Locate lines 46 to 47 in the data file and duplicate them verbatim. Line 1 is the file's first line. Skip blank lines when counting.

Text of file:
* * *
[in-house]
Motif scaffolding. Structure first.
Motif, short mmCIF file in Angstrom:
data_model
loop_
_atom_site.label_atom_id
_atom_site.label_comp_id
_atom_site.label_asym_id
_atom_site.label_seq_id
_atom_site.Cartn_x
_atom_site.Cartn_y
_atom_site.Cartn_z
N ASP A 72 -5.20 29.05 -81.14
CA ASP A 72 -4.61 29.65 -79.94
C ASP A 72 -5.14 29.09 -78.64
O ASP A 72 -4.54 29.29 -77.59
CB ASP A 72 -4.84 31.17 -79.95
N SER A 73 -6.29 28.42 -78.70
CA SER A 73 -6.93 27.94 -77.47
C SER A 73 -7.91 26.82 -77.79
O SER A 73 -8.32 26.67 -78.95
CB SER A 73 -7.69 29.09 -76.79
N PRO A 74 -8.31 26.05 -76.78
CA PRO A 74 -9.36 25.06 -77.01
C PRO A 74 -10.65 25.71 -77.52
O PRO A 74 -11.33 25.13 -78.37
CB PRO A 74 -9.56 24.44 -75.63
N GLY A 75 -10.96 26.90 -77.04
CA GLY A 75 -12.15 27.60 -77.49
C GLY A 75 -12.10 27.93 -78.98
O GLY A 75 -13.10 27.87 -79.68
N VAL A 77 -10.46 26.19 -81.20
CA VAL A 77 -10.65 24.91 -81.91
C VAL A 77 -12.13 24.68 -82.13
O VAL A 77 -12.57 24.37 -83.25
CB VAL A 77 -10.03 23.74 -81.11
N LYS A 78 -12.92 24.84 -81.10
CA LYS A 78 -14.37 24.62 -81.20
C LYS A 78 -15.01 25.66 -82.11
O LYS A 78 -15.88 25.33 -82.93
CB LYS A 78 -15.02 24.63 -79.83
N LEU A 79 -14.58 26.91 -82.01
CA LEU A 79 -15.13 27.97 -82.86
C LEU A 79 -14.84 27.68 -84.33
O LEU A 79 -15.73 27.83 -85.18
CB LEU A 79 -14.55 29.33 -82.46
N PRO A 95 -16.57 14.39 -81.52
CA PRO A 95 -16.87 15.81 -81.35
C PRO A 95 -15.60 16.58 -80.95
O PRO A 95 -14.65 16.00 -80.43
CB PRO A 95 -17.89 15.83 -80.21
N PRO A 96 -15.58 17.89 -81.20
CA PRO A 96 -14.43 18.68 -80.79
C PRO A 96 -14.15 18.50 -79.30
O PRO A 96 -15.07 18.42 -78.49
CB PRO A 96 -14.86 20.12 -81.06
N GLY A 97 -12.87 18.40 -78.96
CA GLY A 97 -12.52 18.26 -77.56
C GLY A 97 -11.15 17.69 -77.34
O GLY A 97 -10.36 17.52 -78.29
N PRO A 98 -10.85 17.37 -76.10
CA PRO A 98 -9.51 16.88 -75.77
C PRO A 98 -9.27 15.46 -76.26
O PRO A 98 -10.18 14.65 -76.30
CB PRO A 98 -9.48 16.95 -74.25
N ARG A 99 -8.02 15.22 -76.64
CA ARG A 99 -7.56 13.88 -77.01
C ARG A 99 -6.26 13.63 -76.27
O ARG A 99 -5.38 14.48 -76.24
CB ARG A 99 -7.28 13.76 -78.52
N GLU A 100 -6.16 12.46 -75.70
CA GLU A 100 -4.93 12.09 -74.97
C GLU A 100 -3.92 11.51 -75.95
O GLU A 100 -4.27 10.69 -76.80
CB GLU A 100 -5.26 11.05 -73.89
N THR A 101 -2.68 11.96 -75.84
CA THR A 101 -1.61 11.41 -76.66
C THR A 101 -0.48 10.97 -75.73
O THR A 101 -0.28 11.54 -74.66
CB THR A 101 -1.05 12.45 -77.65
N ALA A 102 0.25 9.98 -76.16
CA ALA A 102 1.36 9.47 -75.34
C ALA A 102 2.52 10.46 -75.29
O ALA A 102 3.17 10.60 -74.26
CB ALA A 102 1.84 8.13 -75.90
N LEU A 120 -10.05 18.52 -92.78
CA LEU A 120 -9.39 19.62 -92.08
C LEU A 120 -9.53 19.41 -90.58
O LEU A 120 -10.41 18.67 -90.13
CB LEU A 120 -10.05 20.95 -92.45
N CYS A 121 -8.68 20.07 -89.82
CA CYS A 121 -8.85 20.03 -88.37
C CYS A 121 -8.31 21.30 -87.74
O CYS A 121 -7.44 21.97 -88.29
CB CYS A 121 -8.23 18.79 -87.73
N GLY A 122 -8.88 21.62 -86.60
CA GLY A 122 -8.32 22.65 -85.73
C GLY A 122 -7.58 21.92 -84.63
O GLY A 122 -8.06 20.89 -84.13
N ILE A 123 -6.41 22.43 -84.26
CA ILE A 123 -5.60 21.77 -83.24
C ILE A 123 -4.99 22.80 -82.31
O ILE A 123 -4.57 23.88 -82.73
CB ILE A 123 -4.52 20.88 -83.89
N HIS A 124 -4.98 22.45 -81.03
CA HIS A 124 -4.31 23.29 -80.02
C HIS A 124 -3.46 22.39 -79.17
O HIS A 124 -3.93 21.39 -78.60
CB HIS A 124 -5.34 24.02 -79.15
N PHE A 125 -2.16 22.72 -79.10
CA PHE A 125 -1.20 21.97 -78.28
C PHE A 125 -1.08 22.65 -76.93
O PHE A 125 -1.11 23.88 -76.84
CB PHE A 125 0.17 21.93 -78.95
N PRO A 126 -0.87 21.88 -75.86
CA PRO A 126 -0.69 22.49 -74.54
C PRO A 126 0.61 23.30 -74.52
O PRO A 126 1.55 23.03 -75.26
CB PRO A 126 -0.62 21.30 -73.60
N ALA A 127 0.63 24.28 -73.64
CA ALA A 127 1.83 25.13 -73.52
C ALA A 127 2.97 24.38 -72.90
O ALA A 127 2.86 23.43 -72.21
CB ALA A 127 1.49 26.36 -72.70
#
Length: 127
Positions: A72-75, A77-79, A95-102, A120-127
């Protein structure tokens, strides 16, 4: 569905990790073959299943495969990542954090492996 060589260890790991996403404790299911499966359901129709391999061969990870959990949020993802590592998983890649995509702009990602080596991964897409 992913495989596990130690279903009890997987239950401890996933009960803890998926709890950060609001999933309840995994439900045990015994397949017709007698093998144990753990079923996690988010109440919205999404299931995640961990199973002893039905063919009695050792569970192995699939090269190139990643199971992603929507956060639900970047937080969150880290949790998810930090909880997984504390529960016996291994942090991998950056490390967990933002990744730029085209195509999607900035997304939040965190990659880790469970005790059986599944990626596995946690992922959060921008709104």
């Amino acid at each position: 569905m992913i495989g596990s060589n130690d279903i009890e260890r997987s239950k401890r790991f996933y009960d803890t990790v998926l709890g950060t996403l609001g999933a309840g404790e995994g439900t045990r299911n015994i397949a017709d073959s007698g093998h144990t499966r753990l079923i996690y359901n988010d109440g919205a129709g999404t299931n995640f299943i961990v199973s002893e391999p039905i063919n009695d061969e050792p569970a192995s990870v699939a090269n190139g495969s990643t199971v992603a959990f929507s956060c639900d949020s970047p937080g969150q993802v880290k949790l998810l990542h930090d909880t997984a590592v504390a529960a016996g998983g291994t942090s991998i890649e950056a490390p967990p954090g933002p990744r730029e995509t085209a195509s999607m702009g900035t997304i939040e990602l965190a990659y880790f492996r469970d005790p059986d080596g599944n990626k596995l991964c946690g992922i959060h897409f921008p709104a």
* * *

CB LEU A 79 -14.55 29.33 -82.46
N PRO A 95 -16.57 14.39 -81.52